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Statue

Object Number:
63-21-1
Current Location:
China Gallery
Culture:
Chinese
Provenience:
Peking
Peking Imperial Palace (uncertain)
Period:
Qing Dynasty
Date Made:
ca. 17th Century
Early Date:
1600
Late Date:
1699
Section:
Asian
Materials:
Enamel
Metal
Technique:
Cloisonne
Iconography:
Lion
Description:
In the Qing Dynasty, lions were often found in pairs at the entrance of the temples and residence. This male lion, one of a pair, is differentiated from its counterpart by the orb under its foot. The orb may be associated with zhu, the pearl of supremecy and the symbol of soverign authority.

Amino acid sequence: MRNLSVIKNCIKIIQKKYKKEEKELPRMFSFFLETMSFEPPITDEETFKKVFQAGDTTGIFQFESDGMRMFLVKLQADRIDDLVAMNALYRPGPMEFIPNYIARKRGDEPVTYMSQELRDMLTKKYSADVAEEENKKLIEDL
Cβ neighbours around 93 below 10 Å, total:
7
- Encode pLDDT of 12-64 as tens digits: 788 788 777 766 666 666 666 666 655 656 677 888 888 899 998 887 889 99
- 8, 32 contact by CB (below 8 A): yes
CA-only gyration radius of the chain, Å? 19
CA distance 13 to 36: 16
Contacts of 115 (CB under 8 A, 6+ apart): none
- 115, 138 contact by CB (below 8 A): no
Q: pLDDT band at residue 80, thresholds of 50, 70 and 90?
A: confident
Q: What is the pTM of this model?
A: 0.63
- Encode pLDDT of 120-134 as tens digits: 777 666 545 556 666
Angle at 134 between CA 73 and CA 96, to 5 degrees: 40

The lion is not indigenous to China, so its apperance was only known through drawings or hearsay. The Perkingese pug and the tiger, both native to China, became substitute models for the beasts, making the description of lions in China often appear unrealistic.
Credit Line:
Gift of the Salada Tea Company
Other Number:
L-506-1   -   Other Number

Current & Past Exhibitions:

Chinese Rotunda (1968)
View Objects in this Exhibition

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